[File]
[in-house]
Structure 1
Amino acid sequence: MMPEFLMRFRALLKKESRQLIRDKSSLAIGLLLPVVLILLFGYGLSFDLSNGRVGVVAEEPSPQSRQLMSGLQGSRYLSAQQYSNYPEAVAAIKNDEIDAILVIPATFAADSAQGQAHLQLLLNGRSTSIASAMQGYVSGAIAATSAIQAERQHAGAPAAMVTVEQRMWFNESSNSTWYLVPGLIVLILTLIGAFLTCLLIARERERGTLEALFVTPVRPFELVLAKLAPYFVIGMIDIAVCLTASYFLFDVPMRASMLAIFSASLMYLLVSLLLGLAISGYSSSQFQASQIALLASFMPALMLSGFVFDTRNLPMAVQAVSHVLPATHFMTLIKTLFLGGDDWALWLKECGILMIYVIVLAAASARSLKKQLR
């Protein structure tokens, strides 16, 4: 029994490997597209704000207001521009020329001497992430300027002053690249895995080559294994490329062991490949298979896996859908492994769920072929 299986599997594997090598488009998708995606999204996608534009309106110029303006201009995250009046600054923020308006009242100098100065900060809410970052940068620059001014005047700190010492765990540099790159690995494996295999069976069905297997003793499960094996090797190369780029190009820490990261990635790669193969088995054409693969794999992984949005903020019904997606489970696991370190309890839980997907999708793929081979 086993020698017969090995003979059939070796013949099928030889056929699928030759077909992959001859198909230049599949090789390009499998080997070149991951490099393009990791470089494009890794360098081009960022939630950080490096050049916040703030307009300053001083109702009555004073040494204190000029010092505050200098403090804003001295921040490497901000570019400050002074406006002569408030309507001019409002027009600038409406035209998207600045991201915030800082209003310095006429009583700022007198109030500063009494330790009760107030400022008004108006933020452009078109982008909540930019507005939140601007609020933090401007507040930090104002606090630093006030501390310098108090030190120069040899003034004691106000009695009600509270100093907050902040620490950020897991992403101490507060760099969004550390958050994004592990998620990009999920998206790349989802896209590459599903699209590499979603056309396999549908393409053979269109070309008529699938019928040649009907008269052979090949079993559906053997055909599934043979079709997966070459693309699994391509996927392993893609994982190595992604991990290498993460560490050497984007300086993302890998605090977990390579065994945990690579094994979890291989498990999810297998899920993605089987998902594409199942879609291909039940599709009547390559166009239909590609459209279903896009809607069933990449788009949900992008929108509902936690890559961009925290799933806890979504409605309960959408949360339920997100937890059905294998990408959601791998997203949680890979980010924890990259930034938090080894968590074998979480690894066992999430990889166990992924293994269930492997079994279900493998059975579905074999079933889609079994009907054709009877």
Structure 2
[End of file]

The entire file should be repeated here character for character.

[in-house]
Structure 1
Amino acid sequence: MMPEFLMRFRALLKKESRQLIRDKSSLAIGLLLPVVLILLFGYGLSFDLSNGRVGVVAEEPSPQSRQLMSGLQGSRYLSAQQYSNYPEAVAAIKNDEIDAILVIPATFAADSAQGQAHLQLLLNGRSTSIASAMQGYVSGAIAATSAIQAERQHAGAPAAMVTVEQRMWFNESSNSTWYLVPGLIVLILTLIGAFLTCLLIARERERGTLEALFVTPVRPFELVLAKLAPYFVIGMIDIAVCLTASYFLFDVPMRASMLAIFSASLMYLLVSLLLGLAISGYSSSQFQASQIALLASFMPALMLSGFVFDTRNLPMAVQAVSHVLPATHFMTLIKTLFLGGDDWALWLKECGILMIYVIVLAAASARSLKKQLR
């Protein structure tokens, strides 16, 4: 029994490997597209704000207001521009020329001497992430300027002053690249895995080559294994490329062991490949298979896996859908492994769920072929 299986599997594997090598488009998708995606999204996608534009309106110029303006201009995250009046600054923020308006009242100098100065900060809410970052940068620059001014005047700190010492765990540099790159690995494996295999069976069905297997003793499960094996090797190369780029190009820490990261990635790669193969088995054409693969794999992984949005903020019904997606489970696991370190309890839980997907999708793929081979 086993020698017969090995003979059939070796013949099928030889056929699928030759077909992959001859198909230049599949090789390009499998080997070149991951490099393009990791470089494009890794360098081009960022939630950080490096050049916040703030307009300053001083109702009555004073040494204190000029010092505050200098403090804003001295921040490497901000570019400050002074406006002569408030309507001019409002027009600038409406035209998207600045991201915030800082209003310095006429009583700022007198109030500063009494330790009760107030400022008004108006933020452009078109982008909540930019507005939140601007609020933090401007507040930090104002606090630093006030501390310098108090030190120069040899003034004691106000009695009600509270100093907050902040620490950020897991992403101490507060760099969004550390958050994004592990998620990009999920998206790349989802896209590459599903699209590499979603056309396999549908393409053979269109070309008529699938019928040649009907008269052979090949079993559906053997055909599934043979079709997966070459693309699994391509996927392993893609994982190595992604991990290498993460560490050497984007300086993302890998605090977990390579065994945990690579094994979890291989498990999810297998899920993605089987998902594409199942879609291909039940599709009547390559166009239909590609459209279903896009809607069933990449788009949900992008929108509902936690890559961009925290799933806890979504409605309960959408949360339920997100937890059905294998990408959601791998997203949680890979980010924890990259930034938090080894968590074998979480690894066992999430990889166990992924293994269930492997079994279900493998059975579905074999079933889609079994009907054709009877």
Structure 2